Stress Hormones Suppress The Immune System
Much of my work is in the area of psycho-neuro-immunology ("psycho" for brain, "neuro" for nervous system, and "immunology" for the immune system). This is the field of study that aims to map the pathways that stress follows in the body, find the causes, and suggest ways to minimise them.
What is important is that immune cells are in our blood and so contact all the cells in our body. Their job is to keep us healthy by attacking the enemies in our body like cancerous cells and bad bacteria or viruses. What's this to do with stress? When we are stressed our adrenal glands actually pump out the stress hormones (cortisol and adrenaline) and these hormones suppress the immune system as well as raise our heart rate and increase our blood pressure.
Daniela Guidara, a psychologist at the Centre for Stress Management and Research at Monash University, says we can't remain stressed for long without paying the price. "If we keep the stress response running, we'll become unwell. Illness stems from a breakdown in the immune system and we can develop a range of things, from tension headaches and stomach problems to sleep and skin disorders."
These afflictions lie in wait, says Guidara, which is why we often get sick when we take holidays. "It can take anywhere between 12 and 18 months for some disorders to manifest themselves, so people need to be careful once the stress passes, because that's when illness can strike." From Tempo Article.
Science Today Tells Us That Stress Is Cumulative
If we don't manage our stress levels, releasing stress as we progress through life, then the immune system is suppressed, damaging tissues and organs which can influence our risk of dying through cancer and heart disease. And all this can be caused through daily living, so it's as well to know about it.
I can hear some people saying "... but I am more productive under stress", and "We need stress hormones (cortisol) to get out of bed in the morning" (cortisol takes over from the sleep hormone, melatonin). When I commanded the Officer Cadet Training Unit and the University of NSW Regiment in my Army Reserve days, our main function was to produce Officers for the Army Reserve. Part of my deliberate policy was to ensure that the trainees could operate under stress - battle is stressful - so the trainees had to battle lack of sleep, long distances, changes of plans which produced frustration, jungle, darkness and more, before they were actually tested in platoon attacks, defence, withdrawal, and patrolling. Can you operate under stress? Yes of course - some better than others, and ....we must also know how to get rid of it! Stemming from the research of Vietnam Veterans we now know that if stress and trauma are not handled soon after the "incident" then that can lead to Post Traumatic Stress Disorder (PTSD).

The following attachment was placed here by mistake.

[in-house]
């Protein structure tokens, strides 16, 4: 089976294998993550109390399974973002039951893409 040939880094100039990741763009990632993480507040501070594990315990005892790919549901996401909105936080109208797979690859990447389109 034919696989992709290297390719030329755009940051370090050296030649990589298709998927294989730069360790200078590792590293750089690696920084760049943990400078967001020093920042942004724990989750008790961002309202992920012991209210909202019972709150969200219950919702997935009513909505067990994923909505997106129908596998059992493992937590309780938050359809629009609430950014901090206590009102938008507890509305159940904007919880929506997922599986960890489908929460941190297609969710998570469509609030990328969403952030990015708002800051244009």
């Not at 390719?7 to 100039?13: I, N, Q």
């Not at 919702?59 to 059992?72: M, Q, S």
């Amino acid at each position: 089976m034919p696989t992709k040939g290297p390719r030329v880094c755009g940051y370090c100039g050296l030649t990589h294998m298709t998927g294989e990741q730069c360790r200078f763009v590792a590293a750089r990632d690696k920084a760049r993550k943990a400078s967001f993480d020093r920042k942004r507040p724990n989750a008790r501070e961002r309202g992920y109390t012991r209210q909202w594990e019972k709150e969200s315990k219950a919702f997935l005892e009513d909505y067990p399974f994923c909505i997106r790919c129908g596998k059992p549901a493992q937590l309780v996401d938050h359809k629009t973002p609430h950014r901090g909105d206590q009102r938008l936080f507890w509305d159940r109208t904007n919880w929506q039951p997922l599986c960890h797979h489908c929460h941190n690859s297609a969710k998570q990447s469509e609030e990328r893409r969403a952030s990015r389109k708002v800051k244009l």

"We need [stress hormones] to survive; they protect us," says Dr Bruce McEwen from New York's Rockefeller University. "But at the same time we need to manage their secretion so that when we don't need them, we turn them off. If they become active when we're sitting at home after a day's work and we still feel stressed, that's when they can begin to cause problems."? From Tempo Article.
The Value Of Meditation
I'm sure we all know the value of exercise as a "Stress Buster". Many people handle their stress by jogging, walking and sport. What exercise does is to secrete endorphins - the "feel good" hormones. Experts tell us that exercise alone is not enough.
I urge you to examine your life and the way stress is caused for you. Find the causes! Even the way you talk to yourself can cause stress. Negative self talk can have a major impact on self esteem and self confidence. It can lead to depression. So become aware of your reactions. You can choose to respond and thus become part of the solution.
Writing in May 2003 New Scientist, Professor Owen Flanagan, Professor of Philosophy at Duke University, North Carolina, has shown that Buddhists who meditate appear to be able to stimulate the left pre-frontal lobe - an area just behind the forehead - which indicates positive emotions and good mood - genuine happiness. Professor Flanagan writes: "Anti-depressants are currently the favoured method for alleviating negative emotions but Buddhist meditational practices can lead to profound happiness." Another Study of Buddhists done by scientists at the University of California has found that meditation might tame the amygdala, that part of the brain involved with fear and anger.
Isn't it it exciting to have some potential proof, observed within the brain, about the value of meditation.
Be Part Of The Solution
Companies, Institutions, Managers, Medical Benefit Establishments, Insurance Organisations, etc... all have their role to play in managing stress. I am amazed that Insurance Companies still pay for "stress leave" without insisting on their client (the person taking the stress leave) doing something about their stress other than taking a break. Do a course and learn to manage and deal with the stress. Start to take personal responsibility. A short break will help release stress but then when one returns to work, without any new tools, increased stress will be the inevitable result.